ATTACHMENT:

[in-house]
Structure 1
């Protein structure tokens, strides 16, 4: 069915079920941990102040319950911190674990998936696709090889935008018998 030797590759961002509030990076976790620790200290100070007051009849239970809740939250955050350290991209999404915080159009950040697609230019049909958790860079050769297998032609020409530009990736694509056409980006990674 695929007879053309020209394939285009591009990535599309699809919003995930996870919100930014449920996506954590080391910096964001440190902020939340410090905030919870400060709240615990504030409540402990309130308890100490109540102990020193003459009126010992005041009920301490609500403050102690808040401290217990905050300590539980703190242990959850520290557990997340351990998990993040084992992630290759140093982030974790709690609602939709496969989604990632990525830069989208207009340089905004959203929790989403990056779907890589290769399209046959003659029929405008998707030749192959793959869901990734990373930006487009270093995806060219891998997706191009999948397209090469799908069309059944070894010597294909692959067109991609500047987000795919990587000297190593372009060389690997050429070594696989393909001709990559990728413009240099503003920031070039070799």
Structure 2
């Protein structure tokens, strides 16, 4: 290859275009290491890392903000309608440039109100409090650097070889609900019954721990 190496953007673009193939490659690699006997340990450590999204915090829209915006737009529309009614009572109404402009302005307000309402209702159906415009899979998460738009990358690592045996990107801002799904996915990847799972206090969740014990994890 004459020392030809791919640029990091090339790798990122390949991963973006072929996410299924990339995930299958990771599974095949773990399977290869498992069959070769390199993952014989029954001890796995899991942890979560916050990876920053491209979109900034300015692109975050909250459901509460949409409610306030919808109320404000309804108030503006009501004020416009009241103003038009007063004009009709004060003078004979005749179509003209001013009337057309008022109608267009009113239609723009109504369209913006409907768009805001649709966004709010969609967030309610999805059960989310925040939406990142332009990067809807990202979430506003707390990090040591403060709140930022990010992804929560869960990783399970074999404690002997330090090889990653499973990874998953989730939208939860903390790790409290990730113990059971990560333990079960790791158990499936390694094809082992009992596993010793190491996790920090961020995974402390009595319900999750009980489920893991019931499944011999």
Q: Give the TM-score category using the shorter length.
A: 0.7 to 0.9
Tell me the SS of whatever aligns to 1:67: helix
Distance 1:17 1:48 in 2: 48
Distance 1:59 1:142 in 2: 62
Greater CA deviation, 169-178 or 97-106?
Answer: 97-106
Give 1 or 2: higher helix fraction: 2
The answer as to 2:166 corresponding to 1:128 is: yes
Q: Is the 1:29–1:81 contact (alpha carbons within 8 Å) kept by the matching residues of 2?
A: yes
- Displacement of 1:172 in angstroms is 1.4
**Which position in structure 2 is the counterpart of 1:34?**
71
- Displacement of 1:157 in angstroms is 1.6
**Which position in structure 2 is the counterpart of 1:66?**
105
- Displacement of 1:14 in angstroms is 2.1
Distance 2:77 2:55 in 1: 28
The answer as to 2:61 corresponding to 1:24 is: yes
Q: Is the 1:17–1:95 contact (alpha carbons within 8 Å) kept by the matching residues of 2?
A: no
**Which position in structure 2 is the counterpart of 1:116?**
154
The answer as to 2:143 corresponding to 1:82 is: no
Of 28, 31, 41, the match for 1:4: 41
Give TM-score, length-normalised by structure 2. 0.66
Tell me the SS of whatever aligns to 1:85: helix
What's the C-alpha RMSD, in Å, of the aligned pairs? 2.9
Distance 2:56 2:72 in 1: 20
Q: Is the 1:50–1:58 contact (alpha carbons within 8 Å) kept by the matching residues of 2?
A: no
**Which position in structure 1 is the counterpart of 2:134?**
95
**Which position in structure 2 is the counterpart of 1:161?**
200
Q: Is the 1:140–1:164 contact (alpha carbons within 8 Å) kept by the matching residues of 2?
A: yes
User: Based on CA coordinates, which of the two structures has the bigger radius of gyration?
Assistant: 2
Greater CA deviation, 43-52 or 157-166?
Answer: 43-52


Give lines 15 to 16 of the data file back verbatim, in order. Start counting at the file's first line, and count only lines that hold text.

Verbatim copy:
Q: Is the 1:29–1:81 contact (alpha carbons within 8 Å) kept by the matching residues of 2?
A: yes